Five Questions for James Hannaham
1. Where did you grow up and how did you end up where you are now?
I grew up in Yonkers, New York. To get to Fort Greene, Brooklyn, I took the BxM4C bus from the stop at Tuckahoe Road and Rockne Road down to 5th Avenue and 23rd Street, where I walked over to Park Avenue South and took the 6 Train to 14th Street, transferred for the 4/5 (being careful to make sure the 5 wasn’t stopping at Bowling Green—I hate waiting twice). I got out at Nevins Street because it’s less difficult to negotiate than Atlantic/Pacific, crossed underneath to the exit on the east side of Flatbush Avenue to avoid traffic, walked up Fulton to Lafayette, and I was here. This actually says a lot more about me than it might first appear.
2. Which performance, song, play, movie, painting or other work of art had the biggest influence on you and why?
I liked the one from Belgium a lot. Huh? Do you really expect people to choose just one? Okay, random selection here, Quotations from a Ruined City by the late Reza Abdoh’s company Dar A Luz. An unbelievable, fantastic, dark, funny and outrageous piece of performance/theater. Not sure it has had any influence on my work whatsoever, but it blew my mind.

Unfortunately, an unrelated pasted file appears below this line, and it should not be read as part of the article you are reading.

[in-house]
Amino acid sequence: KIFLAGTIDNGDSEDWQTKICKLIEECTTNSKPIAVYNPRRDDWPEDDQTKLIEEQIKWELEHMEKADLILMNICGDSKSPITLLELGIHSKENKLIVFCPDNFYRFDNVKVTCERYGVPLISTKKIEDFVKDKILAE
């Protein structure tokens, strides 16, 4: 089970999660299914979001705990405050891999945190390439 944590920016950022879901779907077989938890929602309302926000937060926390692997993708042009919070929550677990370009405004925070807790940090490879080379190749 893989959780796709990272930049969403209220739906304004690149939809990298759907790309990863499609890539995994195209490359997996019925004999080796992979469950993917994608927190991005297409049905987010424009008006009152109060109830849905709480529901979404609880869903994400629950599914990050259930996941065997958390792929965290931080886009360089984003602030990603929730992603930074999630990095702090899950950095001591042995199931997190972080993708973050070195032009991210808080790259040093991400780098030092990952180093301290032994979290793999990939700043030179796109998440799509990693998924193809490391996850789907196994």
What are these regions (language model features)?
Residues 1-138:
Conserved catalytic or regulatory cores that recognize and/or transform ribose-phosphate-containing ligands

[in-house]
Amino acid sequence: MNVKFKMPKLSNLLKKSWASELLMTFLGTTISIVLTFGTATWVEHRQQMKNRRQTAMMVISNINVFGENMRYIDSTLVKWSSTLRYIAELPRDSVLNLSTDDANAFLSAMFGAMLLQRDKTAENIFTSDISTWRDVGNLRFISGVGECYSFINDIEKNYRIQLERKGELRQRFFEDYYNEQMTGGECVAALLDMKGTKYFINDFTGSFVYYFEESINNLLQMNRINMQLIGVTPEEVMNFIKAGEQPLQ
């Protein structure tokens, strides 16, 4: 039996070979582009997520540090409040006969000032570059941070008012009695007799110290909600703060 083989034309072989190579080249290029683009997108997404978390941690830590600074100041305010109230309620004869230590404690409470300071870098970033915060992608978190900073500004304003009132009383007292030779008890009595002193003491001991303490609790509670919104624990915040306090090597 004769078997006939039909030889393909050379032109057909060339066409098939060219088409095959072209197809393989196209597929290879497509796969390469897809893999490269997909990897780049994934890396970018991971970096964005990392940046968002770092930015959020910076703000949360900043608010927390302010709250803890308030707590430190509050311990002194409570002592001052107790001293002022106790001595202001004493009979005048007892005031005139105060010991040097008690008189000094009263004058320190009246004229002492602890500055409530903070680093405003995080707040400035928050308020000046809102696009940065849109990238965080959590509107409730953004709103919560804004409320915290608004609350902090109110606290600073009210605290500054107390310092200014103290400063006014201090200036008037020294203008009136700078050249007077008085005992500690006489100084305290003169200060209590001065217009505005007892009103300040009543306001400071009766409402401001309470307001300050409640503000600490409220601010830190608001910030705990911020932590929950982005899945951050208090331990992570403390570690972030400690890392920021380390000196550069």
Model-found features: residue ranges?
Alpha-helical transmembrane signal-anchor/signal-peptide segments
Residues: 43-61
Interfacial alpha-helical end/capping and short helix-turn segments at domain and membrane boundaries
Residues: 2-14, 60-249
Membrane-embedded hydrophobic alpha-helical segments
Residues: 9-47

3. What skill, talent or attribute do you most wish you had and why?
I wish I could teleport at will. Saves a lot on airfare and you get to travel extensively and still be home for dinner. In the realm of possibility, though, I wish I had a short-term memory, like, at all.
4. What do you do to make a living? Describe a normal day.
7:30am-Awakened by BF making smoothie in blender. Return to sleep. 8:30am-Struggle awake. 9:30am-Strong coffee, email, NPR in background. 10:30am-Gym. Noon-Class prep. 2-3:50pm-Class. 4-7pm-Writing. 7-9:30pm-Reading for class/pleasure, or dinner/drinks w/ friends or play or opening or something. 9:30ish-Herbed fish and quinoa dinner w/ BF. 10:30-Midnight-More reading or Net surfing or emailing or what have you. Pretty dull, eh?
5. Have you ever had to make a choice between work and art? What did you choose, why, and what was the outcome?
Let me tell you why I hate this question. Because it assumes that there is a difference between “work” and “art.” When I say “work,” as in “I’m going to do some work,” I usually mean writing. The line is very blurry for me because I have been writing non-fiction for a long time, and the ability to make a living at non-fiction is a kind of wizardry that makes you seem like an artist even if you aren’t. Having begun, with the publication of my first novel, God Says No, a venture into the artistic life, there hasn’t been a tremendous change, except that I get a bit more autonomy. I guess I’m always making a choice between work and art by avoiding getting a “real” job. Not that at this point I could get one. I mean, I graduated from college in 1990 and never had a full-time job until 2008, and that was writing reviews at Salon.com. In the business world they’d mistake me for an extraterrestrial life form.